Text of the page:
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Manchester kick-starts towards the biggest bike network in the UK
Beyond any doubt, bikes are good. Maybe they are inconvenient sometimes but the benefits setoff all incovenience by far. In a 5 miles radius, at least. Greater Manchester Combined Authority (GMCA) kick-started its scheme to set the biggest bike network in the UK.
Manchester has set the biggest bike network in the UK
Andy Burnham, Greater Manchester’s Mayor, said he wants to lead the region toward a green future and be carbon neutral by 2038. For example, doing the city more frendly to bikes and pedestrians.
Brunham and Chris Boarman, the Olympic cyclist, have designed the biggest bike network in the UK; it is ‘Bee Network’. Indeed, it started the first stage by ManchesterCity from Chorlton to Manchester last Monday 11th, although the first shcheme was Bridge Water canal, from Wigan to Eccles. The track was open last summer.
Cllr Angeliki Stogia said: “By creating better crossings and segregated routes, we will make it safer and more convenient for our residents to walk and cycle”
On the other hand, Chris Boardman said: “Seeing this first phase of works get underway is a very exciting step forward. Certainly, it’s our ambition to enable people to walk and ride around Greater Manchester in comfort and safety. Hopefully, when complete, the Chorlton to Manchester route will allow thousands of people to leave the car at home when making the short journey to the city centre”.
Moreover, Boardman tweet recently that more than 2 million car journeys in GM are less than… 1km. And the rest in the UK is very similar.
A report published in 2017 by Transport for Greater Manchester and the walking and cycling charity Sustrans gives some interesting figures. For instance, only 5% of the residents in GM commute to or from the work on a bike. However, 77% support to use more space for bike lanes, even if this means less space for other road traffic. Indeed, one of the main barriers to using a bike actually is safety. Just 25% think cycling safety is ‘good’.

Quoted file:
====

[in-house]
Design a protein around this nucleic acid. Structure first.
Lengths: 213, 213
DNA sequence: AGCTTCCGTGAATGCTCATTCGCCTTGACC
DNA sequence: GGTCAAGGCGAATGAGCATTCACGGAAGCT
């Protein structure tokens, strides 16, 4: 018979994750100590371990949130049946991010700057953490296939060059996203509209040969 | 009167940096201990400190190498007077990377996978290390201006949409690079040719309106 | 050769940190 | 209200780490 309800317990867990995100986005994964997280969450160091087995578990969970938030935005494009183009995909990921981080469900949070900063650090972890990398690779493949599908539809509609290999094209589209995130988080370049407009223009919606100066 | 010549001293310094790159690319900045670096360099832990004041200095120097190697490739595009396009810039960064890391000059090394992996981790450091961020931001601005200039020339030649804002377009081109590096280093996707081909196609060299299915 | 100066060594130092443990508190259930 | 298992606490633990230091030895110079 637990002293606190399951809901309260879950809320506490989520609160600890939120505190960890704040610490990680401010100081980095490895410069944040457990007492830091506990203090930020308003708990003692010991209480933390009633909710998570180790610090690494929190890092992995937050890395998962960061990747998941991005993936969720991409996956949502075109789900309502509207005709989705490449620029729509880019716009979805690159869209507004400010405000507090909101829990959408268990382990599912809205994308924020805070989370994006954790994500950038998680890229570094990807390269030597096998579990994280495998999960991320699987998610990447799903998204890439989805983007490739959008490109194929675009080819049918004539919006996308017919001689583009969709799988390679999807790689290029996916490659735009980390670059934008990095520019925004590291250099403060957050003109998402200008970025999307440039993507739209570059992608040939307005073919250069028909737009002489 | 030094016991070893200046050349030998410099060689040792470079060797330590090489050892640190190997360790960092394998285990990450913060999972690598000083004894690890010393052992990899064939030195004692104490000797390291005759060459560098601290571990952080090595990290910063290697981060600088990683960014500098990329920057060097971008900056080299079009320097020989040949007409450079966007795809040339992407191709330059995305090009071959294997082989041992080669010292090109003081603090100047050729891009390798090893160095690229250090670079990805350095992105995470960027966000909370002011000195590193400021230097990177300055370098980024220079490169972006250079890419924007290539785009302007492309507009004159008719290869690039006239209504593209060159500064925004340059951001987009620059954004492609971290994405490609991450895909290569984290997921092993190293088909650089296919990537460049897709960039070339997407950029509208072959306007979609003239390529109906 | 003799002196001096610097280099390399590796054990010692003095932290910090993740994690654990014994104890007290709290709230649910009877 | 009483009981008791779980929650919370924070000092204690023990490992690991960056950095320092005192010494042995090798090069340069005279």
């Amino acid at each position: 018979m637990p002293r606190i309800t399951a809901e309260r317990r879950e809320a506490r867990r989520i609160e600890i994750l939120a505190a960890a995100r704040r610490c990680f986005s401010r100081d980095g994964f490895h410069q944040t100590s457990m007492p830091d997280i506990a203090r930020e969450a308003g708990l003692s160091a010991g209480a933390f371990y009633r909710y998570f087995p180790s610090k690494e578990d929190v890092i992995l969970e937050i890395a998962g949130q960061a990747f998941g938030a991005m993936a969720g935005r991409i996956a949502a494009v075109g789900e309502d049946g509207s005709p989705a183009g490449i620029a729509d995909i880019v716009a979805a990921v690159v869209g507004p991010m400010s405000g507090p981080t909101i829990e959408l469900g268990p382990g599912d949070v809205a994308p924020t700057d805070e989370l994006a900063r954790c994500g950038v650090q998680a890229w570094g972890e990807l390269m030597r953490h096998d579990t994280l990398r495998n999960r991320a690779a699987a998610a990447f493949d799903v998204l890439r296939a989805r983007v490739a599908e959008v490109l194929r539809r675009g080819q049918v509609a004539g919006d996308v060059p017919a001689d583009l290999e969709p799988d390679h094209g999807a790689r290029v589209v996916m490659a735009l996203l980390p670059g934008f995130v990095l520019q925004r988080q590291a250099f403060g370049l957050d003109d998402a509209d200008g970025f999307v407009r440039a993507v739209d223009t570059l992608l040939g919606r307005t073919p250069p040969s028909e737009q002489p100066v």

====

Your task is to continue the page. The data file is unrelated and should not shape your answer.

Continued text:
The Bee Network plan
The whole plan will increase the walking & cycling network from around 1,000 miles to more than 1,800. Overall, the price will be £1.5bn. The project will be fund by Mayor’s Challenge Fund, Local Authorities and local contributions. Nevertheless, TfGM estimates the benefits will be around £3.75bn in health, accidents, polluting, and traffic congestion.
For illustration, you can see an interactive map of the Bee Network in Mapping.org.uk
A spokesperson form Sustrans said: “If everything develops as planned this will mean people will have safe, pleasant routes separate from traffic or along quiet roads, between their homes and the places they regularly travel. It will mean many more people will choose to travel by bike in the next five years
On of the key for success are the junctions. Most of the accident with pedal bikes involved are in the crossing points. Therefore, The Bee Network has developed CYCLOPS, which main feature is an external orbital cycle track separating cyclists from the road traffic.
“Junctions are where most collisions occur and can be a scary experience for people travelling without cars,” said Boardman. “If people are faced with one or more of these stressful experiences on a journey, in many cases they simply opt to jump in the car, so tackling this is a top priority”.
Furthermore, several other UK cities, including Cambridge and Aberdeen, are also working on plans based on the Cyclops design template.
Bike as regular transport
Greater Manchester has not very sunny weather, but the benefits of using a bike are beyond the weather. Especially in time and money. Leaving apart waiting times in traffic jams or waiting for public transport, bikes usually are equal or even faster. At least in the city.
In addition, they have not parking problems as cars. Plus no petrol costs. And fix it are easier and cheaper by far.
Below are some comparations between different points in the region. However, bear in mind petrol costs, parking timings, traffic jams, and health risks.
From Salford to Manchester
From Platt Fields Park (Fallowfield) to Piccadilly Gardens
I am originally from Malaga (Spain) and currently living in Manchester (UK).
After finish my masters in International Journalism for Digital Media, I decided to dedicate myself passionately to Environmental Journalism. I'm not an advocate either a denialist.
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